Before Fred Way came to speak to our class, I thought I had an idea of what recovery housing was. However, when I thought about recovery housing, I thought about the university recovery housing we had talked about or imagined facilities similar to residential treatment center. Although we often discussed recovery housing as a potential solution, I never thought of recovery housing for what it is: simply a place for people in recovery to live together, support each other and helping each other. I didn’t think of row homes with few distinguishing characteristics.

Because I had an inaccurate idea of what recovery housing is, however, I never thought about the challenges of opening and maintaining a recovery house and the poor conditions they can exist with. Way walked our class through the certification requirements that he oversees in order to ensure that recovery houses are safe places to live and actually meet standard guidelines to prevent people from taking advantage of people with few options and opening a subpar “recovery house” for profit.

What surprised me the most, however, was how Way described the push-back from many communities about recovery houses. Many communities will not allow anyone to open recovery houses because they don’t want to deal with the perceived consequences. Of course, I was not surprised to hear that people aren’t understanding, are prejudiced and maintain a “not in my backyard” attitude, but I was surprised to hear that the process of founding a recovery house is so public and involved with the community as a whole.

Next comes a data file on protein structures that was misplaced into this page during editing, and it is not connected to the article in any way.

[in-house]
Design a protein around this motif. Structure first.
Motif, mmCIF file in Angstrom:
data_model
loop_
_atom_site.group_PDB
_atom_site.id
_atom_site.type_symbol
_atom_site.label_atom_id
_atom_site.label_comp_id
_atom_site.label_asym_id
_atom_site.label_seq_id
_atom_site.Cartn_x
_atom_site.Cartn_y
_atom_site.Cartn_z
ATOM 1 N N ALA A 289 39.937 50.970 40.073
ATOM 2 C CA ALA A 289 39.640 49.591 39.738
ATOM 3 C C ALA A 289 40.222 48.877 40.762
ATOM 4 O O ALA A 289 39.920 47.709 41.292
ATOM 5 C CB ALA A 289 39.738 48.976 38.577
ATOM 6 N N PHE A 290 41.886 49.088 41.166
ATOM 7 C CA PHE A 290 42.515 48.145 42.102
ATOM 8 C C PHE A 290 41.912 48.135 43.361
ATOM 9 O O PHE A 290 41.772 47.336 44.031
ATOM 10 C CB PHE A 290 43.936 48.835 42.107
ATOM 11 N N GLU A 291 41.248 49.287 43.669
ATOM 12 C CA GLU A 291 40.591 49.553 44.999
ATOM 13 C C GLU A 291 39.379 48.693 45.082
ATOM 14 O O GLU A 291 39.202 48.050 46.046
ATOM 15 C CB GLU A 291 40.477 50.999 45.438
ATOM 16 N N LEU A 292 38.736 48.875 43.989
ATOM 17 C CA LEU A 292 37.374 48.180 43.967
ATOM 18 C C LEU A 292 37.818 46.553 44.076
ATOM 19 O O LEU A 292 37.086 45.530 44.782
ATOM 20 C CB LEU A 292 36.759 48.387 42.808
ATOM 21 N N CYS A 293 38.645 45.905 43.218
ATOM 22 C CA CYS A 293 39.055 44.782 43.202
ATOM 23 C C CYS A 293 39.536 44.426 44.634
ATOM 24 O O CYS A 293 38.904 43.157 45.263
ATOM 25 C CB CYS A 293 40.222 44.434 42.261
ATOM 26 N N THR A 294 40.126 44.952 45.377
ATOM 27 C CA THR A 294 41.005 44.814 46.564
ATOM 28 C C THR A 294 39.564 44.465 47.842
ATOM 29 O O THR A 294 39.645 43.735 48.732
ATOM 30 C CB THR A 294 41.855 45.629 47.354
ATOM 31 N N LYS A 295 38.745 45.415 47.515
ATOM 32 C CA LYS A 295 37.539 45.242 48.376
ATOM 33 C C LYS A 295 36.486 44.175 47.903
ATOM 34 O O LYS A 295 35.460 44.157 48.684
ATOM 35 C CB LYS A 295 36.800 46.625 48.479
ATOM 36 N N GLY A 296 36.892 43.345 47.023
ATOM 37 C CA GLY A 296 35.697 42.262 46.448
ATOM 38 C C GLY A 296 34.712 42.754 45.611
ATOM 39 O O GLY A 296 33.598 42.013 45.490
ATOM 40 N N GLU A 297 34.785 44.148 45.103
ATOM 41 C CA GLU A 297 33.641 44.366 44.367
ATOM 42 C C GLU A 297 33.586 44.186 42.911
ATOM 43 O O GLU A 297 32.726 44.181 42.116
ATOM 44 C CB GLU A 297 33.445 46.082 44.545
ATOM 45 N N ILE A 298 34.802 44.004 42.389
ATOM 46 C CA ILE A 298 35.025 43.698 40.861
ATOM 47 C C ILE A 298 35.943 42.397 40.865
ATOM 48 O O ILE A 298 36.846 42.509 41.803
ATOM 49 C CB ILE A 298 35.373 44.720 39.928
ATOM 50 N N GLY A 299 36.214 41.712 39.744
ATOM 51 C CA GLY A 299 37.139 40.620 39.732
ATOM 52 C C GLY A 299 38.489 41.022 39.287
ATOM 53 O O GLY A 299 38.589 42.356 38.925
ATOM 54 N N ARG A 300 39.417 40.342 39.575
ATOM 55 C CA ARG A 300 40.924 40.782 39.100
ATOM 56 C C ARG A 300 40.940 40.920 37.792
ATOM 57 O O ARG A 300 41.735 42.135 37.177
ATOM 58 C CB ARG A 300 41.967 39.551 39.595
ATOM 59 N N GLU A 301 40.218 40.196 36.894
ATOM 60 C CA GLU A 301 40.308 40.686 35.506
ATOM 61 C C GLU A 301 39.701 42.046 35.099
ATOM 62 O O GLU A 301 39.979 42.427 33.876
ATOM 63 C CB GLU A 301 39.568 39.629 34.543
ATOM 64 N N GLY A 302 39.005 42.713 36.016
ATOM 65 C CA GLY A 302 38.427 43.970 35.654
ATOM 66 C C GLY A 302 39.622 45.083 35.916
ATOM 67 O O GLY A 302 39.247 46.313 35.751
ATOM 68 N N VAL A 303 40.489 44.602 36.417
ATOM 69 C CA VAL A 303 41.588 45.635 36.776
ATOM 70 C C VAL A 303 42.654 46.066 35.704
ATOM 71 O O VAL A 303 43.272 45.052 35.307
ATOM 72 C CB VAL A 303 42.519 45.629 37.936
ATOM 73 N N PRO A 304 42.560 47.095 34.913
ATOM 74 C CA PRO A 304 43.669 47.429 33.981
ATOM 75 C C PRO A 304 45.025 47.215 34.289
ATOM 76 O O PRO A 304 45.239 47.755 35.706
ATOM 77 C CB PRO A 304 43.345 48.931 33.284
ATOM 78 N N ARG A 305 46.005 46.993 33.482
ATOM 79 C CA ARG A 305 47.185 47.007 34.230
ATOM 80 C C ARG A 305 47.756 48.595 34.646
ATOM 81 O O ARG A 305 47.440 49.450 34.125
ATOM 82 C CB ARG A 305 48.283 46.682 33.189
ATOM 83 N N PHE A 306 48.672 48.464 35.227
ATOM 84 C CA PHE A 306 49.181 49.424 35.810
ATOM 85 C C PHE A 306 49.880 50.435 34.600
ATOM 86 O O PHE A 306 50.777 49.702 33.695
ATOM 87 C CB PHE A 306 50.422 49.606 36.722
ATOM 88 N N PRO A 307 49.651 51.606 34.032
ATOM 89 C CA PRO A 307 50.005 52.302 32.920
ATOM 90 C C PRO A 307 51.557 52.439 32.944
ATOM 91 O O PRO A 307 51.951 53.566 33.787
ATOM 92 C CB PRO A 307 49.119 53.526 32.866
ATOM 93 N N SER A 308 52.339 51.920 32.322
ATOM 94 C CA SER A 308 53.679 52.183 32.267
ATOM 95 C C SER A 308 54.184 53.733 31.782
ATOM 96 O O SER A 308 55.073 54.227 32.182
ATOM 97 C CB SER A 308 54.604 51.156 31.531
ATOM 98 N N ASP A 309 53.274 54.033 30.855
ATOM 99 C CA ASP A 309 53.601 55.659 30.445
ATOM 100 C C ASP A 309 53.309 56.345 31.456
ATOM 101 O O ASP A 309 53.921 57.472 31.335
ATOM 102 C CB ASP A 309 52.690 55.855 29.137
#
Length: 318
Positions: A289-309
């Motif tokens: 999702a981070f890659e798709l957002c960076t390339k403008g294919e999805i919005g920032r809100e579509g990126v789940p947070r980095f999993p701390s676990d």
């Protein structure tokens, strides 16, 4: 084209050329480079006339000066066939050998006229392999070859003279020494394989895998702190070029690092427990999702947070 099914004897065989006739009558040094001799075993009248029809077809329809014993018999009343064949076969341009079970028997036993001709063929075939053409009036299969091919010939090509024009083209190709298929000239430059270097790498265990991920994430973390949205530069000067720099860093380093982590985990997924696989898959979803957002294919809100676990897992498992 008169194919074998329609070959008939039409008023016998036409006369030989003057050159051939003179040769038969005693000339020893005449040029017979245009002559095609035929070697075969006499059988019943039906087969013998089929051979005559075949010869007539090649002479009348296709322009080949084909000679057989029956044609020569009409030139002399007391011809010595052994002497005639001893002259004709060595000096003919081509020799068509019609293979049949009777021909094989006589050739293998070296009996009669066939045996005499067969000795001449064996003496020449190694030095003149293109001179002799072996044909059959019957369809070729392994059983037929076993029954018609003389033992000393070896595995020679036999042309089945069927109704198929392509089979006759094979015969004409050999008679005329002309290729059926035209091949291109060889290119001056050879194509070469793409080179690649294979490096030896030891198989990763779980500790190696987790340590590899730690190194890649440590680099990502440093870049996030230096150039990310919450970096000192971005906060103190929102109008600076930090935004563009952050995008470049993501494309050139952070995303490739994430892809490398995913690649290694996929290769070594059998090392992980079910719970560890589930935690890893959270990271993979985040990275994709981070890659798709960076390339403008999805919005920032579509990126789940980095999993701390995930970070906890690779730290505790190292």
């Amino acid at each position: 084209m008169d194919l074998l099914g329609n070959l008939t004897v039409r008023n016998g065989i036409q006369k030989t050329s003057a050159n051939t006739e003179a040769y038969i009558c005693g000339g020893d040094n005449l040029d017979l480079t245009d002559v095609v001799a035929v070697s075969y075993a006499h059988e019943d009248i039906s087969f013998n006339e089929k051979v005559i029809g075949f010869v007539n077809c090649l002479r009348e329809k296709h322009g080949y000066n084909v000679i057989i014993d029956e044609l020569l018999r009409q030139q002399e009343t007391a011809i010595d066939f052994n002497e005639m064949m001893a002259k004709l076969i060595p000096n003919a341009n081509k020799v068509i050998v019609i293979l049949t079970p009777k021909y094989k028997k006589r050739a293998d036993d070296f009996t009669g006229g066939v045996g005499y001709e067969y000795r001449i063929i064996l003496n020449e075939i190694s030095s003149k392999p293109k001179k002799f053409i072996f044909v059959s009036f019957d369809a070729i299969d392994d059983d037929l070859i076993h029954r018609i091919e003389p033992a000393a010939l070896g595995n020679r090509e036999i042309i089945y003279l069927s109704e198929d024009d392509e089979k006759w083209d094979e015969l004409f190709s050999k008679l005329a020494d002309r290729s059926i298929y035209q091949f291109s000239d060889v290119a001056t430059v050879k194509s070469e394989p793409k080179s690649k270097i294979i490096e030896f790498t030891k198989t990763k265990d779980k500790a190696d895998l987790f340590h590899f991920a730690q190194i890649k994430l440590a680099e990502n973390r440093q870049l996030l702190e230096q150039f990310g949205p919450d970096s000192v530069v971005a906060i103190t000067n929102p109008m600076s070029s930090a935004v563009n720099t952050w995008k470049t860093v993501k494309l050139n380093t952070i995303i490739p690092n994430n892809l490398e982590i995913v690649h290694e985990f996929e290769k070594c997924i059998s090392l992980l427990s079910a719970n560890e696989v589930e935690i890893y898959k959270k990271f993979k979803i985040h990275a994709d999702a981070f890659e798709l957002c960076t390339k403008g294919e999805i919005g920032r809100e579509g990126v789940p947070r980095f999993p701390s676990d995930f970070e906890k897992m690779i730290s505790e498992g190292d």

Something that struck me about Way’s talk was the disparages in finding suitable recovery housing between different groups. Although Way called Philadelphia the recovery house capital of the U.S., there is little housing for women, women with children, men of color and members of the LGBTQ+ community. In order to increase access to recovery housing for underserved groups, the certification process for recovery housing must continue to be enforced.